Our apartment is five stories above a major road in the city. When the windows are open in the spring and fall, the sound of cars zooming by becomes our constant soundtrack.
I often close my eyes and imagine the ebb and flow of traffic is really the sound of waves—how they build, collect, and dissipate.
We wake before the sun. A few cars travel in their empty lanes, headed quickly downtown, while trucks delivering packages move in the opposite direction.
At noon my husband goes to work, and the kids and I stroll past the mart outside our apartment complex. Workers shift boxes and produce off the sidewalk to let us by.
We end up at the library, our home away from home, where we settle on the floor, barefoot and curious. The kids flip through stacks of books and outdated encyclopedias while I sit quietly and softly exhale.
At 4:30 we meet our neighbors at the playground. The kids run laps around play structures, occasionally hovering near the grandmothers who always hand out sugary snacks.
We eat dinner together, brush our teeth, and I wait for the traffic sounds to once again lull my kids to sleep.
This is the sacred rhythm of my daily life in this season. The rhythm of motherhood and our neighborhood. All the beautiful and noisy, the chaotic and boring, mingle together on sidewalks and playgrounds. The place where I stand is holy not because of the location, but because of who stands with me.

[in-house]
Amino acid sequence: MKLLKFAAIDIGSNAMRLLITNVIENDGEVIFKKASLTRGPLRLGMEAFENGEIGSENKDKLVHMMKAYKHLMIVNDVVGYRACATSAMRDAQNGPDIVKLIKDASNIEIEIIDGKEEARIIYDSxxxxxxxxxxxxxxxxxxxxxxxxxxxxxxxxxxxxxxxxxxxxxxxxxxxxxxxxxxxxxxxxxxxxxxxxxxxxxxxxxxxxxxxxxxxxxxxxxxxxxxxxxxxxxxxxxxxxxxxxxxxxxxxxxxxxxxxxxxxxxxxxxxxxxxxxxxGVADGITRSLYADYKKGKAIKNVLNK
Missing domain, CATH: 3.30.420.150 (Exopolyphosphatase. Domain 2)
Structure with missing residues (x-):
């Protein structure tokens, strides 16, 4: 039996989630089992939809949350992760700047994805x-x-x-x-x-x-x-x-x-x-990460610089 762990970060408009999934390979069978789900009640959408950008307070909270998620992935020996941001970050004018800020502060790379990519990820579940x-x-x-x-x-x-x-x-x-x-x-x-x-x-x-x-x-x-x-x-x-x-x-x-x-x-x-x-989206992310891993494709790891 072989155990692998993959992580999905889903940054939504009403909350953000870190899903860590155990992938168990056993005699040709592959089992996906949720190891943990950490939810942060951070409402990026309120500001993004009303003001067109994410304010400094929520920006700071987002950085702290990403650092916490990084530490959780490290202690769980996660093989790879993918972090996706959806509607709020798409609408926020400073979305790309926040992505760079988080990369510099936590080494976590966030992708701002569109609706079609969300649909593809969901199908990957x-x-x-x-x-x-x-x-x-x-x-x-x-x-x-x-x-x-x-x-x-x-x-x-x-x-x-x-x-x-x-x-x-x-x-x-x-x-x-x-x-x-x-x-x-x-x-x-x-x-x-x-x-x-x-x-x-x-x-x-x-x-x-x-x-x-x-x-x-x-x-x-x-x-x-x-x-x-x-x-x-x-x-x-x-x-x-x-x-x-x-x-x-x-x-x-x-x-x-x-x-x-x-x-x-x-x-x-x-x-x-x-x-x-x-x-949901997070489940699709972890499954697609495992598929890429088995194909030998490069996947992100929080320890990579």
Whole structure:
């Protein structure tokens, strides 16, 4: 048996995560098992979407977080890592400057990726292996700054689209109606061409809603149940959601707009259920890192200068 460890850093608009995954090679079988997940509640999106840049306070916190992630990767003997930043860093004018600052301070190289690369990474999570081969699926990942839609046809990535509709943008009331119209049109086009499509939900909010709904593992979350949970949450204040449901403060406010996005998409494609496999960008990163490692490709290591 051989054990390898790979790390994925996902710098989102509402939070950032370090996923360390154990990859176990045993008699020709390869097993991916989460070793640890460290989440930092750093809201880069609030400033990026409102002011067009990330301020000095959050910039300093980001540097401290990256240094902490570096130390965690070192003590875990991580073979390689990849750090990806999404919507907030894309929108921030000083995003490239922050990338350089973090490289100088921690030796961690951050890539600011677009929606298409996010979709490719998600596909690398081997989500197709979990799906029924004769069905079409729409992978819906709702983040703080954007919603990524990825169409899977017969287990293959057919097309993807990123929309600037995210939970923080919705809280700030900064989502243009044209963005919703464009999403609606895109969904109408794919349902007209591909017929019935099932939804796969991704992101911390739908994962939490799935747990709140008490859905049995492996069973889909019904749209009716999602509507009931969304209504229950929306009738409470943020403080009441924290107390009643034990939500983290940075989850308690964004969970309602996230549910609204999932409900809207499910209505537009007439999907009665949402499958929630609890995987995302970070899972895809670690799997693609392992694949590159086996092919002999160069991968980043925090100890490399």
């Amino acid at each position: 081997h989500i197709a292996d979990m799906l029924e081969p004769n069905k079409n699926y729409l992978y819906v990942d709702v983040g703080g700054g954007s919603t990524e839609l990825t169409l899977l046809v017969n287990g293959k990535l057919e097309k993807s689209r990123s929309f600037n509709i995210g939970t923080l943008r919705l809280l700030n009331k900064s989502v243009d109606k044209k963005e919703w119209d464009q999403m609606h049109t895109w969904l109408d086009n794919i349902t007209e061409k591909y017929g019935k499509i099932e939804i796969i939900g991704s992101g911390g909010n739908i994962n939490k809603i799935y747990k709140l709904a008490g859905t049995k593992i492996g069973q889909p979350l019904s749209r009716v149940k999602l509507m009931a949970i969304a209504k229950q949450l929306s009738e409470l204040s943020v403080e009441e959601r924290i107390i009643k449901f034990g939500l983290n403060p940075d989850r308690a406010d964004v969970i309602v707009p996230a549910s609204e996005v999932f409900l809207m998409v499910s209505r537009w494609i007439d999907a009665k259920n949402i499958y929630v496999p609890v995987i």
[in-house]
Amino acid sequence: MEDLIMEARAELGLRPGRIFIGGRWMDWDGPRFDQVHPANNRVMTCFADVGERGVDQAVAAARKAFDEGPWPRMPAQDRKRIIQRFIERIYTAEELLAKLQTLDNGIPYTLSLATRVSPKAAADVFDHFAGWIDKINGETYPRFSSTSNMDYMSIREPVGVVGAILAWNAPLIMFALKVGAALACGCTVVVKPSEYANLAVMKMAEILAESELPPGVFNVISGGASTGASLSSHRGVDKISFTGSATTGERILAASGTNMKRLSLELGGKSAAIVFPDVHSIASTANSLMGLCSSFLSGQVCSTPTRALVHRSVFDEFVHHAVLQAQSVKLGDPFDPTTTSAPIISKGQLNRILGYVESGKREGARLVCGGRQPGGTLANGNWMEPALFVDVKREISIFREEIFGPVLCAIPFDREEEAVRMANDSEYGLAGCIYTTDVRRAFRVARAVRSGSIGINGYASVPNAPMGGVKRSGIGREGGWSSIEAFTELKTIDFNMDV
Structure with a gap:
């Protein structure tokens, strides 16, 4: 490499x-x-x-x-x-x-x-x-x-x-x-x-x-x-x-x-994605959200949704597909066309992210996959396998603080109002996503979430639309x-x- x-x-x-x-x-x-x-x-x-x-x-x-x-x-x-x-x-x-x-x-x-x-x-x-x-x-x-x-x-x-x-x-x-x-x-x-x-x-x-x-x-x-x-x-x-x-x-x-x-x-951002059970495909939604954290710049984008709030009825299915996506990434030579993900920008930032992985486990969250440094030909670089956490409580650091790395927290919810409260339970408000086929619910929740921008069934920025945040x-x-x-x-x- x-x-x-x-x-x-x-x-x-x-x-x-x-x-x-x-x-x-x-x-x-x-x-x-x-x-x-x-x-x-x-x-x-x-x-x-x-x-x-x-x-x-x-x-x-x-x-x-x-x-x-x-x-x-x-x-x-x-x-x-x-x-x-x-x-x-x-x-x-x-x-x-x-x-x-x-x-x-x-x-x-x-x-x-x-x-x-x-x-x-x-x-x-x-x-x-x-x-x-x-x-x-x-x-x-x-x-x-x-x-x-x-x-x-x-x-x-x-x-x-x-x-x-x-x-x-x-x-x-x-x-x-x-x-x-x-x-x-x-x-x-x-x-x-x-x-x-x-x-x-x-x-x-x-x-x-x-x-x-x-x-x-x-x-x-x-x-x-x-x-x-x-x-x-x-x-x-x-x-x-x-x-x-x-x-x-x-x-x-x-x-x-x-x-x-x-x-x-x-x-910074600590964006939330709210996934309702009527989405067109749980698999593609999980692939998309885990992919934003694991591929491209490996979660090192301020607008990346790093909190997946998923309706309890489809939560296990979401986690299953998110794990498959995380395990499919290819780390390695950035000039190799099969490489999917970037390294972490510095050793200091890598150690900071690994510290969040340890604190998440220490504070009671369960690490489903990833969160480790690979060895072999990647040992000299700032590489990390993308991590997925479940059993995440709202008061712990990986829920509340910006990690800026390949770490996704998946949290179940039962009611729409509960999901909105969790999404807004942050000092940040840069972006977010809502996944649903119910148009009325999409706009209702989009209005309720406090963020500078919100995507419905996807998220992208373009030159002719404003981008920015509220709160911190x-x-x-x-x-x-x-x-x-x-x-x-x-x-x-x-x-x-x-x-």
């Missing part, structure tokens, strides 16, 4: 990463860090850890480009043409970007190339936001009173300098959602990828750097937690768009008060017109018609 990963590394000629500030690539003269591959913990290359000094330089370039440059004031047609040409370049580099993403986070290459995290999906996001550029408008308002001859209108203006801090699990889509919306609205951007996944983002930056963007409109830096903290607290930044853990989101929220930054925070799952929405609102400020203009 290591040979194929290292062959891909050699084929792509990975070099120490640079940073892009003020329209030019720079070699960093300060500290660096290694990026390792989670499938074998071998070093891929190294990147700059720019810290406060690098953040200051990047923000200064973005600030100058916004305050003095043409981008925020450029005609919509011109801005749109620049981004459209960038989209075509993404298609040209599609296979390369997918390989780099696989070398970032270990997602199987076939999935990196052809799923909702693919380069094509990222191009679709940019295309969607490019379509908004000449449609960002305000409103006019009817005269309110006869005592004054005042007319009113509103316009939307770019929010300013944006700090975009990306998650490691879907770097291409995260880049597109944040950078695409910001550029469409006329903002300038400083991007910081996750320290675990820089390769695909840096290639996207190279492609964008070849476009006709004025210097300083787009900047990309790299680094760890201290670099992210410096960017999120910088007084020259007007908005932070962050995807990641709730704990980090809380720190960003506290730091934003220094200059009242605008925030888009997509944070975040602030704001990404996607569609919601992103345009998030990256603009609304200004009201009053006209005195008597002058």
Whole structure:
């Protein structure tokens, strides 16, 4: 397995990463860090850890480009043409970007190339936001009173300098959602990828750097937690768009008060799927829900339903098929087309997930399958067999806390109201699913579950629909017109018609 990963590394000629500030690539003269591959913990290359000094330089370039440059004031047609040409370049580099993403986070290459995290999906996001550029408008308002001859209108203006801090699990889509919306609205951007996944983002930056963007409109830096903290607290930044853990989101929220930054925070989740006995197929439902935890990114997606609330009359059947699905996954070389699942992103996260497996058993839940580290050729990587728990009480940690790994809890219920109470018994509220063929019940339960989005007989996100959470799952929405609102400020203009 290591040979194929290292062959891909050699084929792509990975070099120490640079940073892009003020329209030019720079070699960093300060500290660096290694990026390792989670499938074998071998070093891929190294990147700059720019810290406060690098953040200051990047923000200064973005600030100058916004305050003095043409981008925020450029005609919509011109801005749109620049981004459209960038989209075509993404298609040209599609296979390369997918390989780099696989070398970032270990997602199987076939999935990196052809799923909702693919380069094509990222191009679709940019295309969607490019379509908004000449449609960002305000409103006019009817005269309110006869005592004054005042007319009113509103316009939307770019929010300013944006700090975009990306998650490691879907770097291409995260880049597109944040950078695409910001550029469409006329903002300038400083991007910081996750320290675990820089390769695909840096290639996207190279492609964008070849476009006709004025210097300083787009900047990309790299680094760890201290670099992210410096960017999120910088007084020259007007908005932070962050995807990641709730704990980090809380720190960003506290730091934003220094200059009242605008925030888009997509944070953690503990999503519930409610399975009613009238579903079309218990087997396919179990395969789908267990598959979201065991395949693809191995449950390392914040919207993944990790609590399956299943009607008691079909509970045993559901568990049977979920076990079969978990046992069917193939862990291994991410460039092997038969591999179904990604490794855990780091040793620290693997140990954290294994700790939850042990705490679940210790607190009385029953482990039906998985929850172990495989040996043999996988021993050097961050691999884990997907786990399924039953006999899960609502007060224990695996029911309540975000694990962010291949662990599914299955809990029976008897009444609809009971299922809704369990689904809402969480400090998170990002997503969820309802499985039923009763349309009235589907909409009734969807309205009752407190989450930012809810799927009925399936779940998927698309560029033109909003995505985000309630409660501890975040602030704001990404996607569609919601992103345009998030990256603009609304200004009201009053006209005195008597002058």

My husband and I moved from China to Korea when I was pregnant with our daughter. While our time in China was largely characterized by freedom and exploration, my perspective and experience here in Korea is largely shaped by motherhood. The rhythm of life as a mom is so much different than as a single teacher. Instead of exploring my neighborhood and being available to meet people, I am now confined to playgrounds and my sofa during nap time. Still in these moments, the kingdom work is significant and the love for my neighbor is just as important. The rhythm of life is different, but the sacredness is the same.
Sometimes all it takes to enter into a holy place is simply to pay attention. As I push the double stroller down the sidewalk, yellow butterflies kiss the leaves of nearby bushes. Car horns beep. Bicycle bells ring out. Sounds that once felt abrasive serve as reminders that I am not alone. This is the way God speaks loudly to me in motherhood and in my neighborhood. He invites me to stop striving, to stop complaining, to stop trying to do my own thing. He invites me to notice and be still, and when I start moving again, He invites me to move with Him.
In these moments I’m learning unexpected lessons of faithfulness, holiness, and meekness. Love and beauty flow heavy like rush hour in my life if I just take the time to pay attention. It’s easy for this season to feel less important and more menial. As I reheat leftovers and change diapers, receive package deliveries and hang laundry, it often feels less sacred and more common. But God in His mercy is calling me to see it like it is— to embrace the sacred rhythm of an ordinary life.
When I feel like my life is unbearably different than it would be in America, when I’m bored or overwhelmed by daily tasks, it helps to stop and feel the rhythm of obedience, of consistency, of a Faithfulness steady like the movement of traffic, of a Love constantly in motion like the sea.
Whether you’re studying language full time, wrangling your kids, or working 9-5, how does God remind you of His presence among the rhythms of your everyday life? How does He encourage and speak to you on the days you feel overwhelmed